Sunday, April 25, 2010

A single workflow to make use of online language-learning tools

There are so many language-learning resources out there on the web, it's kind of tough to figure out how to make use of them all. In looking at how I'm using these tools myself, I put together the following little process to incorporate many of the language-learning tools I've been using into a single workflow:


Oh, and this workflow is completely free.

Let's walk through this, after the jump.

Start with reading and/or (but preferably and) listening to something in the target language. LingQ is all about content with both text and audio, so that's a good place to start looking, but you're hardly limited to LingQ; any recordings you can find with transcripts, unabridged audio books (including children's books), etc., will do the trick.

To the extent there's anything you don't understand in the text or audio, look it up and add it to your spaced-repetition system. Anki is my current SRS of choice, but some other popular choices are Smart.fm and Mnemosyne.

Then write something about what you read or listened to in the target language. Try to make use of whatever you needed to look up and add to your SRS, and to the extent that you need to look up anything else, add that to your SRS as well.

Then get that writing corrected. There are a number of ways to do this, but Lang-8 is my standing favorite, and italki recently implemented this feature. Again, if the corrections include things you need to look up, add them to your SRS system.

Once you've got the corrected text, record yourself speaking it and get that recording corrected by native speakers. I use Cinch and Lang-8 to accomplish this.

You've now written and read that writing. Now it's time for some plain old talking. Making use of everything you've learned thus far, record yourself saying something about the running theme and get that corrected in the same way you got the recording of your text corrected. Once again, if the corrections give you any thing that needs to go into your SRS, add it.

At this point, you should have everything you need to get in your SRS. Now go over to RhinoSpike and get native speakers to record the pronunciation of each of those words. Take those audio recordings and add them to your SRS system. From there, you just need to review your newly added items as part of your regular SRS review.

You've also got two things that you've recorded yourself: your corrected text and some plain old talking. Go to RhinoSpike again and get a recording of both from native speakers. Once you've got those recordings, add them to a playlist on iTunes and listen regularly. I'd recommend just throwing all of these recordings into a random-order playlist and listening to them in the background while doing other things. This will provide a review of all of the above.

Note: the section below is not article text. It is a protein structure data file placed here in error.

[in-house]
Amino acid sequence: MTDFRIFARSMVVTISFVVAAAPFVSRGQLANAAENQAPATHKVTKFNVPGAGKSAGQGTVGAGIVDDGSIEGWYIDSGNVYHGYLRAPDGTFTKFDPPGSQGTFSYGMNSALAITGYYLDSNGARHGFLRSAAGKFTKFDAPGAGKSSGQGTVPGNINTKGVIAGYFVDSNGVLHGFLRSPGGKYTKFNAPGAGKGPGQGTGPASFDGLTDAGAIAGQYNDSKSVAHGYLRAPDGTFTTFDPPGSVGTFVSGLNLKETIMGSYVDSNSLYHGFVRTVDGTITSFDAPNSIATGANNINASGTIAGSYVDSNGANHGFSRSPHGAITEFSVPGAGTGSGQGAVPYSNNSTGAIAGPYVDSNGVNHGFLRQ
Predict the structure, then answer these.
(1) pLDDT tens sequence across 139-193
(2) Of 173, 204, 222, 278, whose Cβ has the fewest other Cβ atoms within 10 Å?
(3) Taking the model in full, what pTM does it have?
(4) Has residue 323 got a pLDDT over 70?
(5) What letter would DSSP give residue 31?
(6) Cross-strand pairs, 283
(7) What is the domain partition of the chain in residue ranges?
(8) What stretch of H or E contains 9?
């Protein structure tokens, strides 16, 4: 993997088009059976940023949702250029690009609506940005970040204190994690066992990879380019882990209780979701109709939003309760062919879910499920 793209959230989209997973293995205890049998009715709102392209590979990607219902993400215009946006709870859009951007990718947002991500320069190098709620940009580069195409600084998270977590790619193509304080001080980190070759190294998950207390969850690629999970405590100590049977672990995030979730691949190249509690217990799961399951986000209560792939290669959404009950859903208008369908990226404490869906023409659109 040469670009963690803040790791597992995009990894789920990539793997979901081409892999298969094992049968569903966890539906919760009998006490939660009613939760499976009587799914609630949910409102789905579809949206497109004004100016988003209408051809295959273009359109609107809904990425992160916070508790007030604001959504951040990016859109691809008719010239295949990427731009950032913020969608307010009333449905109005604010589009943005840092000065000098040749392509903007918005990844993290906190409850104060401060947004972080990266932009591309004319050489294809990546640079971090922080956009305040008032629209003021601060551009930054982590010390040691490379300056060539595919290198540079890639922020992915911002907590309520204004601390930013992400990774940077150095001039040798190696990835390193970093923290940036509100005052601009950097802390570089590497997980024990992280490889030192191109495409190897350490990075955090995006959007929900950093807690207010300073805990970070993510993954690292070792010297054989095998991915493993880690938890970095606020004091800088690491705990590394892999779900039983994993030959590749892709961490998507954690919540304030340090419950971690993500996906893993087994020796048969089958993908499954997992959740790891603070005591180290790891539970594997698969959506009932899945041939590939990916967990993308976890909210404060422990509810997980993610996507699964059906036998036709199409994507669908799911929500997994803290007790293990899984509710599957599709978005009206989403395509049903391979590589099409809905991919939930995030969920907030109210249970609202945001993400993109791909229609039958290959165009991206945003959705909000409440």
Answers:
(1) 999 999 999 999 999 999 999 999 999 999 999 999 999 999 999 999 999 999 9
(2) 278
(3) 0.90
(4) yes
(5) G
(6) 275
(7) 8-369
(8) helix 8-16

This entire workflow can be tailored to your level. At the most basic level, you can even use children books; my kids have plenty of books that come with audio CDs in all three of their languages. But you don't necessarily need to dumb the text down; you can also just keep it short. For example, if you're just starting a language but want to read a news article, you could limit yourself to just the first paragraph. This will likely take a while, but it won't be insurmountable.

If you've got a way to make this workflow, I'd love to hear it!

2 comments:

  1. Looks like a great workflow and would probably lead to massive fluency. And it's nice that it's all free. But damn, that's a big, complicated process.

    Personally, I'd LOVE to pay a nice, clean monthly subscription for a service that automated some of the busywork between these steps. It might even be worth the money to hire a virtual assistant to coordinate different accounts.

    ReplyDelete
  2. @Aaron: Yeah, I'm with you. Unfortunately, no one's even close to putting all of these functions under one roof.

    Lang-8 is probably the closest, but their SRS system leaves a lot to be desired, and they've got nothing in the way of recording or having native speakers record things for you. And their fee isn't "clean"; if you use it a lot, you'll need to pay more to get your writing corrected.

    Smart.fm could become another contender. They're strong in the SRS department (including audio with the items) but weak in the other areas.

    ReplyDelete